Yorkshire's 'friendly, but not in your face' village with touching final resting place for TV duo

Conversations in this part of Pennine Yorkshire often focus on the weather and that's no surprise as it is so changeable.

Upperthong - or at least the upper bit - sits at an elevation of around 800ft above sea level, with Holmfirth down in the valley, and even in summer there can be a chilly wind blowing across the moorland and down the narrow streets.

It may be July but today the temperate is only 14C - it feels more like 10C - and most locals are wearing big jumpers or a fleece.

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For Rod and Nancy, who are visiting relatives from their home in Australia, the cool Pennine weather is not pleasant. But they do love the countryside and the sturdy, stone-built houses. Rod says: "It (Upperthong) is very quaint and attractive with lots of greenery and little houses. You can just walk up here and you are in the countryside."

But he doesn't like the cold, saying: "We like it to be 20 to 25C. Summer here is like a Melbourne winter."

"It is so chilly," says Nancy, who is wearing several layers.

Even locals notice the cold. Ann Brennan Brookes, who has lived in Upperthong for over 20 years, mentions the nippy weather and says the village "gets the snow first" as winter approaches. She loves the village, describing it as friendly, but says children's don't play out in the street like they used to do which she thinks is sad but a 'sign of the times'.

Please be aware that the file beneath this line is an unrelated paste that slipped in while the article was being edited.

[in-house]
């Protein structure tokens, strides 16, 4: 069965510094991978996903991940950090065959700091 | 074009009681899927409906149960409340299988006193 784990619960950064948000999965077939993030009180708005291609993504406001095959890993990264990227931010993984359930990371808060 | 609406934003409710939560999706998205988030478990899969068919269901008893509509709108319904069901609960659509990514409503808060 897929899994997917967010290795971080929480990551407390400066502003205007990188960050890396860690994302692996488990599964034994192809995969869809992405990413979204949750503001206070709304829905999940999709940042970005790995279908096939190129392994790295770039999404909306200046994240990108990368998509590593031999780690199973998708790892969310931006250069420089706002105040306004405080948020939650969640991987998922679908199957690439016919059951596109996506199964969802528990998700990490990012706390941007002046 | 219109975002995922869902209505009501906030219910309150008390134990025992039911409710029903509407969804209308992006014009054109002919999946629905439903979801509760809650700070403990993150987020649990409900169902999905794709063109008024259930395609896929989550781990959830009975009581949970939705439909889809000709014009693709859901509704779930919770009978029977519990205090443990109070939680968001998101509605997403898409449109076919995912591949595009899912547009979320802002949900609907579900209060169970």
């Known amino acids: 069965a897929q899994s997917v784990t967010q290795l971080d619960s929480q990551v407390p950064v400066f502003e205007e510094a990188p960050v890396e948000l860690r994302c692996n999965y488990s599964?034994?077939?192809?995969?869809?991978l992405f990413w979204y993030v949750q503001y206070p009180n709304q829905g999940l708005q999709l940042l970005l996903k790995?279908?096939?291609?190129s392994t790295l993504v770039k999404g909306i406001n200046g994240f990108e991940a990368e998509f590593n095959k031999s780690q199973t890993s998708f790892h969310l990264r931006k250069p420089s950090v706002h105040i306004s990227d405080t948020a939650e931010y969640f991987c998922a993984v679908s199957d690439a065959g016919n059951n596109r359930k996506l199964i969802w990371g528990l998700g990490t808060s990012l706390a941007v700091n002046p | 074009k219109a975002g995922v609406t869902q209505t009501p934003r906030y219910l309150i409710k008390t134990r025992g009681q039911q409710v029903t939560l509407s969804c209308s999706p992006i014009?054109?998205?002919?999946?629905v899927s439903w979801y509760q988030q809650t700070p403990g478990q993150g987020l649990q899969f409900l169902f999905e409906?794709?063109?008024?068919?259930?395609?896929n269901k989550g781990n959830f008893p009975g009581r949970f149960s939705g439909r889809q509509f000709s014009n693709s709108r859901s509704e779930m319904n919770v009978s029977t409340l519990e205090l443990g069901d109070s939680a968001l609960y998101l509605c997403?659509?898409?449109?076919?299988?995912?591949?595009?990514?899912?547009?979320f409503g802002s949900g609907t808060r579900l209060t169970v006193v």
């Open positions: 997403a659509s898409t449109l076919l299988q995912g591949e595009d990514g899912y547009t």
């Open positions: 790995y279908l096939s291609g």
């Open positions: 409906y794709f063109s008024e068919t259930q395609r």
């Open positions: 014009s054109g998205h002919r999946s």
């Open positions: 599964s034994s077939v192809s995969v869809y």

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Judi Austin, who was walking through Upperthong on a round trip back to her home in Netherthong, says walkers, runners and cyclists are 'spoilt for choice' as there are so many footpaths and rights of way. She is a big fan of the views from nearby Wolfstones, also known as Wolfstones Heights, which sits at 1,059ft above sea level.

"I like going through the woods at Wolfstones - the views are fabulous."

She sees the Holme Valley as a community made up of distinctive villages where people are generally "friendly, but not in your face".

Judi says that local people will often ask 'new faces' where they are from and what they are up to, because they are interested in people and their stories. She says: "People want to know what you are about and they will tell you stories. If they see a strange face they are always interested who you are and why you are here."

The downside to Upperthong, and other villages in the valley, is the lack of parking.

"That is a big issue," says Judi. "Narrow lanes and a lack of parking."

Locals who move away tend to come back and there is no better endorsement than that. Judi adds: "People go to University and away for work and they come back to have their families."

And while the hamlets and villages may be quiet and peaceful, there's a thriving arts and music scene in the centre of Holmfirth, she adds. "There's a plethora of things going on in Holmfirth, it is very up and coming. There is always something going on at night, with a music venue and an arts scene."

Upperthong is also something of a magnet for fans of TV sitcom Last of the Summer Wine as actors Bill Owen and Peter Sallis were laid to rest side by side in the graveyard behind St John's Church. The churchyard has become something of a pilgrimage location for fans of the long-running comedy. Visitors have been known to leave wellies beside the grave in tribute to Bill Owen and his loveable character, Compo.

A local couple, who did not want to be named, said it had become something of a 'pilgrimage village' for people seeking out the Summer Wine connection once they had exhausted the central Holmfirth hotspots.

They said the village pub, The Royal Oak on Towngate, was the centre of village life. The beer garden has fine views across the valley and beyond. But newcomers need to be alert to the weather - and get used to the harsh wind and driving rain.

"We are 900ft up and you do need a fleece," they added. "It can be five degrees colder up here than in the bottom of the valley."

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